Environmental organizations welcomed Democratic New Jersey Gov. Phil Murphy four years ago, foreseeing a big change over his predecessor, Republican Chris Christie.
But in a sign of growing discontent over a lack of action on other issues, a coalition of 120 environmental, community, faith, and grassroots groups sued the New Jersey Department of Environmental Protection for what it says is failure to follow state law on climate change.
The coalition, EmpowerNJ, includes some of the state’s biggest and most active environmental groups: the New Jersey Sierra Club, Clean Water Action, Delaware Riverkeeper Network, Environment New Jersey, and Food & Water Watch.
The groups cited a range of issues it has with the administration, including its handling of the Pinelands, a liquified natural gas export project in Gibbstown, and an expansion of highways in ecologically sensitive areas.
Thursday’s legal action is the result of a petition the coalition filed in July asking the DEP to formally set rules to achieve a 50% reduction in climate pollutants by 2030 — a goal set by the Murphy administration through an executive order.
However, the DEP denied that petition, saying reducing greenhouse gas emissions “requires deliberate and coordinated action by all levels of government, economic sectors, communities, and individuals” that will impact buildings, transportation, and electricity generation systems. No one state agency can issue a set of regulations that will address all that’s needed to be done by other departments. Rather, the DEP said it prepared a report recommending measures necessary to achieve climate goals and delivered it to lawmakers.
The coalition disagreed with the DEP’s assessment, and filed an appeal in state Superior Court, saying the agency’s refusal to set standards “is arbitrary and capricious” and conflicts with Murphy’s executive order. In addition, the appeal says the DEP not only has the power to set standards, but is obligated to do so under the Clean Air Act.
The groups say the issue is urgent: New Jersey is “ground zero” for climate change, they say, because of its coast and geography.
“There are only two ways to look at DEP’s outright denial of our petition: DEP has gone rogue or this Administration is uninterested in pursuing its own stated policies and state law,” John Reichman, chair of BlueWaveNJ’s Environment Committee, said in a statement. “If the Governor’s recent State of the State address is any indication, where climate change was virtually ignored, the latter appears to be the case.”
Spokespeople for the DEP, governor’s office, and state Attorney General’s Office, which has to respond to the suit, all said they could not comment on pending litigation.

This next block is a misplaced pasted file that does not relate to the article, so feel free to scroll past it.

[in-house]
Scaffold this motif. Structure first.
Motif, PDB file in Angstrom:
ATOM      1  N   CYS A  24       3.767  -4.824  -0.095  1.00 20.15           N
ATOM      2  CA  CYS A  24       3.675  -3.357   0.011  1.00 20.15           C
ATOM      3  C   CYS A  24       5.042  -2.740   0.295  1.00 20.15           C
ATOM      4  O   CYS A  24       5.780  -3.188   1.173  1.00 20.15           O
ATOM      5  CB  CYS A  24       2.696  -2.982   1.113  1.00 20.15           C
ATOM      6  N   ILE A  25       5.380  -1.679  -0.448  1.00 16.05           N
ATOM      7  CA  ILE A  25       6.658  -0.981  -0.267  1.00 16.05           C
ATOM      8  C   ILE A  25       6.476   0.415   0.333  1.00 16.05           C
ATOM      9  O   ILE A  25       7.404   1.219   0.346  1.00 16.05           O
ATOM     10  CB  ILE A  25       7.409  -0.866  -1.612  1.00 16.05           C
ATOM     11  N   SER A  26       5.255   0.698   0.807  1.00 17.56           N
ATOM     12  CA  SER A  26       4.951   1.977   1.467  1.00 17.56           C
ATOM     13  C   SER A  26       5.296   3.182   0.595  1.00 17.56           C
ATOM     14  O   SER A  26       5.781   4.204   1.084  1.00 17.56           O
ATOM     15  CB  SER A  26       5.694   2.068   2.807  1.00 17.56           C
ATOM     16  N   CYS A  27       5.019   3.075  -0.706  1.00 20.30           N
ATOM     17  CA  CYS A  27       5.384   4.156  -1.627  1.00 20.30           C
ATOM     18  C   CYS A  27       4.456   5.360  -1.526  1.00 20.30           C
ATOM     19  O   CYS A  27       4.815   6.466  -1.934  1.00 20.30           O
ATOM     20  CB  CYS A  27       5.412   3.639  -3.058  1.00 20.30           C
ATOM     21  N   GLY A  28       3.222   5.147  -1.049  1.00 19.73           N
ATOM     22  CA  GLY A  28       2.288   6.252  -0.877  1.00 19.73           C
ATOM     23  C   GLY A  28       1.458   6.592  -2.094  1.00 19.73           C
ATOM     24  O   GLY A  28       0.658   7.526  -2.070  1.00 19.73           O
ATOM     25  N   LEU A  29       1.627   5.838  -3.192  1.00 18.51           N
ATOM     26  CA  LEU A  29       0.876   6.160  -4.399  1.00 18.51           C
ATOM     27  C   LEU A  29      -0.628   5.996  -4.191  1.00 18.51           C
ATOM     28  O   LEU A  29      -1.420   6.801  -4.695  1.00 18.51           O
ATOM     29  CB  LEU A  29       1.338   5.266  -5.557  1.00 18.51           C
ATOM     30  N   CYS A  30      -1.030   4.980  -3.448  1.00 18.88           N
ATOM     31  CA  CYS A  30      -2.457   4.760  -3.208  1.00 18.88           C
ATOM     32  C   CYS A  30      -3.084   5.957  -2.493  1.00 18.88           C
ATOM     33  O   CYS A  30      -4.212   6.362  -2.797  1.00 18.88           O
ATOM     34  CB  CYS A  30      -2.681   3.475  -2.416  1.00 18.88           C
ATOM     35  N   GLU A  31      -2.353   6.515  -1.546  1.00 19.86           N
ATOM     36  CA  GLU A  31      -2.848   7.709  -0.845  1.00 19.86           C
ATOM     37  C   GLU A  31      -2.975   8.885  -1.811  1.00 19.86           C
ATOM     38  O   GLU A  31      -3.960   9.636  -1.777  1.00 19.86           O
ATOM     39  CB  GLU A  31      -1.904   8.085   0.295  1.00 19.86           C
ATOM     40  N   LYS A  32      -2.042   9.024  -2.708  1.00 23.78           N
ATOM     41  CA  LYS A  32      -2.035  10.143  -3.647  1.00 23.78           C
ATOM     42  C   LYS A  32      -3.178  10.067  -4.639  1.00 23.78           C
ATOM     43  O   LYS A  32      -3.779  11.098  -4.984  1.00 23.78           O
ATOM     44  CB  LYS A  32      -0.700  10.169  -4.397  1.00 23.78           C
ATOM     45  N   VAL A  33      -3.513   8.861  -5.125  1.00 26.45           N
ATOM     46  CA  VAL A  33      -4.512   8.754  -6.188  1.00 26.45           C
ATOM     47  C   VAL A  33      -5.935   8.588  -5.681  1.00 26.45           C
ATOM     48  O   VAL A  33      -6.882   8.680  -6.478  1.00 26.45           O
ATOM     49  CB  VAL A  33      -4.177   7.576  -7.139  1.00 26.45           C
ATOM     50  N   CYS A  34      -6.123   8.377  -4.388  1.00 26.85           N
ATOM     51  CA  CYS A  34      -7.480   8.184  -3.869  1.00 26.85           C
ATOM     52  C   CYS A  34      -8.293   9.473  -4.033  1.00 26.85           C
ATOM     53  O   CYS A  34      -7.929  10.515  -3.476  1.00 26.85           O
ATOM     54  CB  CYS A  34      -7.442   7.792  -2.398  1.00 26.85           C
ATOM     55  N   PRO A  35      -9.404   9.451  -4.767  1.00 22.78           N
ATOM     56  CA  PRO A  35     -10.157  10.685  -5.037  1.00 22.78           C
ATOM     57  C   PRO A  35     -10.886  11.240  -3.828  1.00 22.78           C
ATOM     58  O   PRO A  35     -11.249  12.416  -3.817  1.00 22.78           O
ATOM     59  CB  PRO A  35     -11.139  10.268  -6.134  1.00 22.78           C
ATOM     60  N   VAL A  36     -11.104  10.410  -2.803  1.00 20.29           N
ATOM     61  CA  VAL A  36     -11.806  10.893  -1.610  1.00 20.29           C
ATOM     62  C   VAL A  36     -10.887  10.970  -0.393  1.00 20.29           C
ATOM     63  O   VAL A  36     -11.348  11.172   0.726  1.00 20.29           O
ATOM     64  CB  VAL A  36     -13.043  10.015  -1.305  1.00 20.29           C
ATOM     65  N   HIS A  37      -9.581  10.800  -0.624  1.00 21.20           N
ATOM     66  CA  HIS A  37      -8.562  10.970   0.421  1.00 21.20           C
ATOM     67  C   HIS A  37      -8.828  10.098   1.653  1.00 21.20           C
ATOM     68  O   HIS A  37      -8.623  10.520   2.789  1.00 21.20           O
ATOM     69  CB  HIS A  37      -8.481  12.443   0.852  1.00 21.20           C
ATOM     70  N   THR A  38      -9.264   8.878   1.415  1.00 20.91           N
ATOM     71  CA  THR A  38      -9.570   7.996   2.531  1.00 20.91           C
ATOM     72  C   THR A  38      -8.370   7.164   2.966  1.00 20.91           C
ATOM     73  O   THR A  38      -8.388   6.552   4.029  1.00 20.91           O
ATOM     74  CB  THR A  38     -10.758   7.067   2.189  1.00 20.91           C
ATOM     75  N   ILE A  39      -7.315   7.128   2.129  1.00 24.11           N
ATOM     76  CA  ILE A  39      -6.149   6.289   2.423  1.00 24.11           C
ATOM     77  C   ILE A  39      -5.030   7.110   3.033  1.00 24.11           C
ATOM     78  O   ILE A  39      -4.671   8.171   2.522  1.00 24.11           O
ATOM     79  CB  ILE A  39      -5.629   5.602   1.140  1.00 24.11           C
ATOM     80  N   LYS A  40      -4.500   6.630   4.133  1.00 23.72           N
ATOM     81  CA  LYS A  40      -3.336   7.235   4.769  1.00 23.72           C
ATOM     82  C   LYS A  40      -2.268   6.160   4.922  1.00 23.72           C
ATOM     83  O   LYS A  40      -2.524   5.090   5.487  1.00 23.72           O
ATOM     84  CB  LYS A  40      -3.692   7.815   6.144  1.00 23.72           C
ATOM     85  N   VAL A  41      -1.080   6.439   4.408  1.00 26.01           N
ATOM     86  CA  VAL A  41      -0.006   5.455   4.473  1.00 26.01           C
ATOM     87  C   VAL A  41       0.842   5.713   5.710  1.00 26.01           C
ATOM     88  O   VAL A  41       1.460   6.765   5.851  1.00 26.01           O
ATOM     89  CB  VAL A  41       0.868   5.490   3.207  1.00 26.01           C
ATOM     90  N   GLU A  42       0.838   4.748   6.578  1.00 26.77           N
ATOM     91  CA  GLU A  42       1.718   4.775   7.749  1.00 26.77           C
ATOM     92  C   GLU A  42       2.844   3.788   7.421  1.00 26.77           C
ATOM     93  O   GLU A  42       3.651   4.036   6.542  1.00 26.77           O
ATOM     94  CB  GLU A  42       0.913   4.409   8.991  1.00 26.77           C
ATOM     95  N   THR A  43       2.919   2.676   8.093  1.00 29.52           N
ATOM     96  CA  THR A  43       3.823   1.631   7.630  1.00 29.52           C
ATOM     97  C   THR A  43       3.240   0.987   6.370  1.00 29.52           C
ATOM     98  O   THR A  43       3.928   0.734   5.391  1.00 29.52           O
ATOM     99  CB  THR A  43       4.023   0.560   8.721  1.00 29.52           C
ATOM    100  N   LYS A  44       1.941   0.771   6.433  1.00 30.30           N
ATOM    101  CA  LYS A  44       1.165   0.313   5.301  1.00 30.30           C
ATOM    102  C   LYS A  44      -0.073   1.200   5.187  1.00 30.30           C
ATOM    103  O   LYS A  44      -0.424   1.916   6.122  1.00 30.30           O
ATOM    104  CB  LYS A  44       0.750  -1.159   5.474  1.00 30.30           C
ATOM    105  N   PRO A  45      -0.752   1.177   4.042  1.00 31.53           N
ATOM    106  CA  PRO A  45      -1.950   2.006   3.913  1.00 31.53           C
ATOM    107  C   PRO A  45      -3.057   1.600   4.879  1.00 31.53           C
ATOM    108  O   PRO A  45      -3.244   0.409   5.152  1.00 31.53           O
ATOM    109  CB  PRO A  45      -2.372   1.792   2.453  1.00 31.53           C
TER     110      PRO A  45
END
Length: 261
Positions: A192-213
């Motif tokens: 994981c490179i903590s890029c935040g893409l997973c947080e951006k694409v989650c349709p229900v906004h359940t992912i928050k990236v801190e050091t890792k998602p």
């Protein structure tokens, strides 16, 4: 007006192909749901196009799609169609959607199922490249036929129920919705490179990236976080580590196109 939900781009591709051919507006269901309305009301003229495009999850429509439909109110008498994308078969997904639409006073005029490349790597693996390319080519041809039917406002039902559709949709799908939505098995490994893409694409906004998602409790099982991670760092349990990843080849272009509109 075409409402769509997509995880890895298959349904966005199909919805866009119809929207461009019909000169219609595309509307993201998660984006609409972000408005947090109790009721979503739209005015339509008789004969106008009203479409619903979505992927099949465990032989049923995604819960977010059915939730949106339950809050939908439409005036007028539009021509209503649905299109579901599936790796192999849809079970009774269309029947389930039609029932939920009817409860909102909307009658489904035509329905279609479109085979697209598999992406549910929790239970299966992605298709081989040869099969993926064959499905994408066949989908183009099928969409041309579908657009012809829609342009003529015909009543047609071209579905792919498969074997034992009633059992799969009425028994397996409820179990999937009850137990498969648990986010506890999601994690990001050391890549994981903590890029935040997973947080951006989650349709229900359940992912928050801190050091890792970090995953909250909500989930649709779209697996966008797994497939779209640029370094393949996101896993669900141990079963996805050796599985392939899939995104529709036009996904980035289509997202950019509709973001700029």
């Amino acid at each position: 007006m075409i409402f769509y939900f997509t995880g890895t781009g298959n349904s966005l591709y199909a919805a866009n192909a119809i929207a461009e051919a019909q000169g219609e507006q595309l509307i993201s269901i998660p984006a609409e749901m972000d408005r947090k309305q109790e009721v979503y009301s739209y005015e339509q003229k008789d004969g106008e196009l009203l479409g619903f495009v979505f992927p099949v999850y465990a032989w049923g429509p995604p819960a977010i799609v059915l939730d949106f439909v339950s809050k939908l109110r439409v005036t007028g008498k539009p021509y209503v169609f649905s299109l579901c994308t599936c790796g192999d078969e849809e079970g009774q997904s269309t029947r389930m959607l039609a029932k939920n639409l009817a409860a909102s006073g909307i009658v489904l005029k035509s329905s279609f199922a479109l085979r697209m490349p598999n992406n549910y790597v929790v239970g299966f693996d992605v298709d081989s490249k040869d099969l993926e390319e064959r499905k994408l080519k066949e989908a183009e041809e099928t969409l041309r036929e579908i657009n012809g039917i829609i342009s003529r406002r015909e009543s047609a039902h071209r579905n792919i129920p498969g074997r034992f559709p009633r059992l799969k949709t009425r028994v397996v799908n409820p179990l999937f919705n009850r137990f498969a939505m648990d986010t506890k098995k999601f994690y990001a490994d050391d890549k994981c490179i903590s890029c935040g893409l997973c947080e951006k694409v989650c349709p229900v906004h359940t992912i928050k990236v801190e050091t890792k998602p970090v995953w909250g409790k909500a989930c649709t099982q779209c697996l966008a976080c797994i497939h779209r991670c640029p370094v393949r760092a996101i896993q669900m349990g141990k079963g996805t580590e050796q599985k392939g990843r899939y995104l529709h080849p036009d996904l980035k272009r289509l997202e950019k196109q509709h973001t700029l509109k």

The coalition also took aim at the administration’s overall approach to the environment.
“For every good decision the Governor has made, such as developing offshore wind and opposing the PennEast pipeline, there have been bad ones such as allowing a gas pipeline to be built through the Pinelands,” the coalition said in a statement.
The coalition also referred to alarms they’ve sounded about a major fuel export terminal, the Gibbstown Logistics Center in Gibbstown, Gloucester County, that they say will accelerate Pennsylvania fracking and worsen climate change. It would entail 100-car trains carrying dangerous liquefied natural gas from the shale-gas region, across Philadelphia, and end at the port. The state supported the project during a hearing of the Delaware River Basin Commission, and the DEP has proceeded to award some permits for the rail line.
They also oppose plans to widen the turnpike in South Jersey and for a new interchange off the Atlantic City Expressway, which the groups say would pave over environmentally sensitive areas in the Pinelands.
In recent months, various environmental groups have expressed unease with the administration, along with misgivings about Shawn LaTourette, Murphy’s DEP commissioner, who was once an attorney for a private law firm that defended corporations.
And in December, environmental groups joined in outcry when Murphy sought to appoint three people to the Pinelands Commission, an independent state agency charged with protecting the 1.1 million-acre Pinelands National Reserve, while also encouraging economic growth when needed.
The groups saw the nominees as having too many corporate ties. Murphy ditched one as a result.
Three new appointees took office this month: Theresa Lettman, Laura E. Matos, and Davon McCurry. Lettman has wide support from environmental groups.
But environmentalists object to McCurry, a former DEP official who is now head of market and government affairs for the global offshore wind power giant Ørsted, which is set to build projects off the New Jersey Coast. Ørsted is in partnership with PSEG, the parent of PSE&G, the state’s largest publicly owned utility provider. The coalition fears that partnership is looking to upgrade or run new transmission lines from the offshore wind projects through the Pinelands.
Matos is managing director of Kivvit, a corporate lobbying firm, leading many environmental groups to wonder how her appointment protects the Pinelands.
The groups have been at odds with the administration over its failure to establish clear policy regarding off-road vehicles, which many environmentalists say are running rampant through the ecologically sensitive areas of the Pinelands.
“Things are getting worse, not better,” said Jeff Tittel, former director of the N.J. Sierra Club and an Empower NJ steering committee member. “These off-road vehicles are causing a tremendous amount of damage. While the governor talks about protecting the climate and environment, his office and the DEP are doing the opposite.”